by admin
February 5th, 2014

Facebook yesterday launched Paper, the latest in a line of standalone apps from both Facebook (Messenger, Home) and Google (Hangouts, Plus, Drive, etc) that shift the focus from a single “Swiss army knife” approach towards a suite of apps for specific purposes.

Facebook is positioning Paper as a standalone app that replaces a lot of the features from the traditional newsfeed, but not as a replacement for the core app. Indeed, it lacks the functionality to do so. Events, for example, are missing. It’s also unlikely to be the last app added to the suite with Facebook promising further apps that “support the diverse ways people want to connect and share”.

However, Paper will target a very small percentage of global smartphone users. Despite Android’s 57% global market share and the huge number of non-US smartphones, Paper will only be available for US-based iOS users. There are currently no plans to develop beyond this for the time being.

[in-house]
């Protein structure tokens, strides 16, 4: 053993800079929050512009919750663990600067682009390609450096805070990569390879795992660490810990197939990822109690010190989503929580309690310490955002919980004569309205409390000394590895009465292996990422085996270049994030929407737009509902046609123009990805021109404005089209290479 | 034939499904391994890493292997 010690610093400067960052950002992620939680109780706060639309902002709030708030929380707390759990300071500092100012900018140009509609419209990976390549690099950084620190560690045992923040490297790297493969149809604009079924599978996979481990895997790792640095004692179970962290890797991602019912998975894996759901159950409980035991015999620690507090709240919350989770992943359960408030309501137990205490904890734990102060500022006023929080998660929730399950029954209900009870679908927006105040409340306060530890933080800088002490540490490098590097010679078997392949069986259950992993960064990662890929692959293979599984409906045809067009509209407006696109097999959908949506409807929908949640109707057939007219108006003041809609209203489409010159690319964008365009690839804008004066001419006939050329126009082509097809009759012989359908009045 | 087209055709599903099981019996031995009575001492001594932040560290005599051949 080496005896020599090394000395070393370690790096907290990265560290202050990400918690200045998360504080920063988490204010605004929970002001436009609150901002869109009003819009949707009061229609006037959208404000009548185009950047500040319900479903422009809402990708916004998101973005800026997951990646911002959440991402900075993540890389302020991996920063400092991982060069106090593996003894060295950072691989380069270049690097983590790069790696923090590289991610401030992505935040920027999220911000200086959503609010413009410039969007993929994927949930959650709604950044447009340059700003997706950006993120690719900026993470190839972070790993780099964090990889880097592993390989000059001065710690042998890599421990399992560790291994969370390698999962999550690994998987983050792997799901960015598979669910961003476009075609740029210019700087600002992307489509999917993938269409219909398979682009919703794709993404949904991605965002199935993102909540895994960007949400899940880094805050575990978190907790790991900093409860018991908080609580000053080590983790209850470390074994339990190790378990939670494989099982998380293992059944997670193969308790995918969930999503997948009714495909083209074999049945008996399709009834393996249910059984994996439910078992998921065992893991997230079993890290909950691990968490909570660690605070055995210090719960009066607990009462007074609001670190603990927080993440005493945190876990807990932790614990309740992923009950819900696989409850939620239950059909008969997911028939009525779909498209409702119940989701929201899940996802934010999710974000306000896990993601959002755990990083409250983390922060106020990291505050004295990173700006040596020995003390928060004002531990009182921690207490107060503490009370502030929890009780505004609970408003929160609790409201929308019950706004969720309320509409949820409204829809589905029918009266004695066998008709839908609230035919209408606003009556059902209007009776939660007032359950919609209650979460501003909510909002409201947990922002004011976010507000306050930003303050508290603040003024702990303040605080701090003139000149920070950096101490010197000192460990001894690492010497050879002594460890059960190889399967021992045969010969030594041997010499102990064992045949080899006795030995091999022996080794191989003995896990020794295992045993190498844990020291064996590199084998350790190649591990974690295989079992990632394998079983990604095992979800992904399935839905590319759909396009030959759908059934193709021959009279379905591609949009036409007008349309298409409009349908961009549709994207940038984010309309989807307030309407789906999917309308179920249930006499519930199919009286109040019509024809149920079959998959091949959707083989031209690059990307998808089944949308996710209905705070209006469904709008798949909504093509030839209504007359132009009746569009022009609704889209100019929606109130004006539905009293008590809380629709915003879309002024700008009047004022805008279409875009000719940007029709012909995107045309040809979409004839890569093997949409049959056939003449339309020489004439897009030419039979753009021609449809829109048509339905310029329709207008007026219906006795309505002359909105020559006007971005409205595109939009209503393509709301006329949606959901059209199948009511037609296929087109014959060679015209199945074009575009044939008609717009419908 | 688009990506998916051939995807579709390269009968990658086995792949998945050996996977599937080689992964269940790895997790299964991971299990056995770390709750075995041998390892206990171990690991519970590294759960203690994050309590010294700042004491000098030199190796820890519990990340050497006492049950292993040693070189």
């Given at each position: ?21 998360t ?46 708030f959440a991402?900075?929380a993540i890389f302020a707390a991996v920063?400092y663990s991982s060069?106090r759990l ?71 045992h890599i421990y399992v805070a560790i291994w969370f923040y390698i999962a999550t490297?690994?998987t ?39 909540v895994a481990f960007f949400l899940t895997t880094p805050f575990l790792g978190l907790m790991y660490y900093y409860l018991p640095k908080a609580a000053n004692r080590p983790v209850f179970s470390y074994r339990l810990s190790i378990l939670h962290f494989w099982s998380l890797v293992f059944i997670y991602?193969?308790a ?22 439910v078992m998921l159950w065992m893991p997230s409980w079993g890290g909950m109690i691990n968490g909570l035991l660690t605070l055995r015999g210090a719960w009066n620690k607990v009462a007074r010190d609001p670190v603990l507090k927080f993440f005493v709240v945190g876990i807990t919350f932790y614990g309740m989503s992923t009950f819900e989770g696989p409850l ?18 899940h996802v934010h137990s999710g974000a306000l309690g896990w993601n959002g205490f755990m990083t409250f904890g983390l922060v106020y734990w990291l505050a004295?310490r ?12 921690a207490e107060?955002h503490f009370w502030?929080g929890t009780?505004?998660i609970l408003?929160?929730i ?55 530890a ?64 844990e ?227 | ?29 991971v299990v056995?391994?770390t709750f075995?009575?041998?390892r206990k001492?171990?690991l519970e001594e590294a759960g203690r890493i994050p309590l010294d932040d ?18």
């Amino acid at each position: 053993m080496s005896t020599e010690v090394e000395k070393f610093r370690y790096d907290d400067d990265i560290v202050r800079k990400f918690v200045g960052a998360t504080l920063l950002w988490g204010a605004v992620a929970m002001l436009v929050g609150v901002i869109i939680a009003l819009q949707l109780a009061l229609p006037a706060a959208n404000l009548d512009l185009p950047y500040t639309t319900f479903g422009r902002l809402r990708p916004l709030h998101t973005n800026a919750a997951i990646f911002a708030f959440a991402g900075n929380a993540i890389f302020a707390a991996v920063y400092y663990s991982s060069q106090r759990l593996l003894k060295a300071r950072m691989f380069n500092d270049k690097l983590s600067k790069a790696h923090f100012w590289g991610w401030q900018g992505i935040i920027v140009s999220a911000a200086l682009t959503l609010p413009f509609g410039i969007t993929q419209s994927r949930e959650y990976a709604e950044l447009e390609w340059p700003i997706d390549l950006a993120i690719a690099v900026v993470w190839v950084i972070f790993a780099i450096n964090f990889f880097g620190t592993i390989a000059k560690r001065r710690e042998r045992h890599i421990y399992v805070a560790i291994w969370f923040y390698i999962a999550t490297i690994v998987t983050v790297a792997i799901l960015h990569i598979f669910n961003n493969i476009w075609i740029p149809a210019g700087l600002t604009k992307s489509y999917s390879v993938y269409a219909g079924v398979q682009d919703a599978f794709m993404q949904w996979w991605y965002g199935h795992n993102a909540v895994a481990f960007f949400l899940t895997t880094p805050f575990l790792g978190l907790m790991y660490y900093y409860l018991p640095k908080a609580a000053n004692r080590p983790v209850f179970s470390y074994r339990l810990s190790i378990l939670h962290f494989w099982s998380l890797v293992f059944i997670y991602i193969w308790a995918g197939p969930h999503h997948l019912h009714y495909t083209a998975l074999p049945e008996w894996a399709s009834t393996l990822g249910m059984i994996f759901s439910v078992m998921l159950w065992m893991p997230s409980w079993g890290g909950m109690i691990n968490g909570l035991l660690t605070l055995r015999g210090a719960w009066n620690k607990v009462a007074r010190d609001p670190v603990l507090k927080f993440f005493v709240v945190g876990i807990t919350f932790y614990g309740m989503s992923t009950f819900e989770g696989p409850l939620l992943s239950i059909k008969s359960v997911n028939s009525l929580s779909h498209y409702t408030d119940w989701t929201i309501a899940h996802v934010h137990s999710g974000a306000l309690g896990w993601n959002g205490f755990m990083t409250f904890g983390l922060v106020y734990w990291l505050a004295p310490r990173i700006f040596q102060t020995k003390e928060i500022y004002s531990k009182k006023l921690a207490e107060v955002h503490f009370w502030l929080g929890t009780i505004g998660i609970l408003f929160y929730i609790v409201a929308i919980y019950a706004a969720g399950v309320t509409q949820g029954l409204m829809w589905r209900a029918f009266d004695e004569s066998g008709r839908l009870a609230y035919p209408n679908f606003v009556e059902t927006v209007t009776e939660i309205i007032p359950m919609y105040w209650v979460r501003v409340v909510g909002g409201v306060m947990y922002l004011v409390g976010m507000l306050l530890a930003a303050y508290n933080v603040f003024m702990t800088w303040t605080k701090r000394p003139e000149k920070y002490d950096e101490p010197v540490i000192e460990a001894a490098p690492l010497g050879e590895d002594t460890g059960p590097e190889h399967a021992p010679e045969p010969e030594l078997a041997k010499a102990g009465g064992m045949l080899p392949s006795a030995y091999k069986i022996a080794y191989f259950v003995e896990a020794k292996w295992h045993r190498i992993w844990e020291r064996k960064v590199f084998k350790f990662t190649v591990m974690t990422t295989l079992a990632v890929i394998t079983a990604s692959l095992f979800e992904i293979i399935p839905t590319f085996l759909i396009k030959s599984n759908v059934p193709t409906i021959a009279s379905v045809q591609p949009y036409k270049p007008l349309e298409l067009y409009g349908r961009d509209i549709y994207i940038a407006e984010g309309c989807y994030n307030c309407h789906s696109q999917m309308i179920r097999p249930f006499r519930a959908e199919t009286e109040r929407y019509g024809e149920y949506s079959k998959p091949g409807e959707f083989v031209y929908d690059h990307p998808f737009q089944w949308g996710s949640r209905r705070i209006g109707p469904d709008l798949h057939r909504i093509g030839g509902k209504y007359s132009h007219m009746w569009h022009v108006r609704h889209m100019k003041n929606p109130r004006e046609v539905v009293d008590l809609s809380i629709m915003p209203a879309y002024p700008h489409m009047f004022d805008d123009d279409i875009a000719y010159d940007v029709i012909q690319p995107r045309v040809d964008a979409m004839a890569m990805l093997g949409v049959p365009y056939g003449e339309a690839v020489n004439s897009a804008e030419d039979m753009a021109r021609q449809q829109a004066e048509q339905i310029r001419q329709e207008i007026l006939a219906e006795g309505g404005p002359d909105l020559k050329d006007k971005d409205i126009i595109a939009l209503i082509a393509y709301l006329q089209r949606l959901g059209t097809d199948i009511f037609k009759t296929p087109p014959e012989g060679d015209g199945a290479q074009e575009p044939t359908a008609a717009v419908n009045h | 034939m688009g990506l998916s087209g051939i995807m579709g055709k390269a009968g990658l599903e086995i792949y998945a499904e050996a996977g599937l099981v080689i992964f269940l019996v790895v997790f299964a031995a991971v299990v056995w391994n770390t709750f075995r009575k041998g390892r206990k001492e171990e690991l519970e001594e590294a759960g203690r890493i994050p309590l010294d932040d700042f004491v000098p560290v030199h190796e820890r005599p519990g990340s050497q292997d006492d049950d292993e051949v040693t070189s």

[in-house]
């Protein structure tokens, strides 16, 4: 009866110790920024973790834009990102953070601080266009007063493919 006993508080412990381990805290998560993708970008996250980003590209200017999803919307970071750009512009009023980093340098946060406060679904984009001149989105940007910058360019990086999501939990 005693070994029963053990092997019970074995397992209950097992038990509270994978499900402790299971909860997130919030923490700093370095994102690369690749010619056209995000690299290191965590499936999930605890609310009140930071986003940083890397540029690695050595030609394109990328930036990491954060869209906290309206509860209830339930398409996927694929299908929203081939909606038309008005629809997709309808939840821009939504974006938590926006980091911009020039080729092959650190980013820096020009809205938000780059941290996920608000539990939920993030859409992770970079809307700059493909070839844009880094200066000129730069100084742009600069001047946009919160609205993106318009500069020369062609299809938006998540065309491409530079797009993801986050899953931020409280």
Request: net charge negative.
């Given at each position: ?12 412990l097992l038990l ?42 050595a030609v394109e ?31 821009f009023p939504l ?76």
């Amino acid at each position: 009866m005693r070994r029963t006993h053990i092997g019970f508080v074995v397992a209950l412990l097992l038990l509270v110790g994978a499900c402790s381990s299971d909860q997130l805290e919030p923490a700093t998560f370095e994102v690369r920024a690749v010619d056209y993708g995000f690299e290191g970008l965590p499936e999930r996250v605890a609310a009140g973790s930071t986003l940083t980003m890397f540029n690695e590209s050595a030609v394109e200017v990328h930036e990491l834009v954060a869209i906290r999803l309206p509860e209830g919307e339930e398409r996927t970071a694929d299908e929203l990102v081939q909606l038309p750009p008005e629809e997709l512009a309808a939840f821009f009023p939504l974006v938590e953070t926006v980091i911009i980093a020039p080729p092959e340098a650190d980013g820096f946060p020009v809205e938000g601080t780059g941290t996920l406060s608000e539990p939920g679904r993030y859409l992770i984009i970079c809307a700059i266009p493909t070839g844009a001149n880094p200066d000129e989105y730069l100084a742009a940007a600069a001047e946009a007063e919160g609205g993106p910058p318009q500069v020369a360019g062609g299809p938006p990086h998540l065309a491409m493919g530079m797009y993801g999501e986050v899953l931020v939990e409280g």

The cynic could argue that Facebook is intentionally avoiding its’ biggest competitor (Google) in order to minimise the continued growth of Android. However with monitisation now a high priority at Melno Park, perhaps the real reason is simpler: iPhone users spend more.

Over the holiday period, iOS users spent almost double that of Android, meaning that market share isn’t necessarily the key metric to be studying. As mobile commerce increases, and make no mistake Paper is directly based on mobile behaviour (tilts on hi-res photos for example), should we be really be surprised that the emphasis is moving towards those that spend more?

Both Facebook and Google build their products with data collection and analysis at their heart. While you might not be seeing Paper in Hong Kong or Sydney any time soon, the results of the data gathered could be impacting mobile commerce in a big way.

Ben Bale is vice-president of Digital, Australia, at Weber Shandwick

This article first appeared at Weber Shandwick’s Australia website

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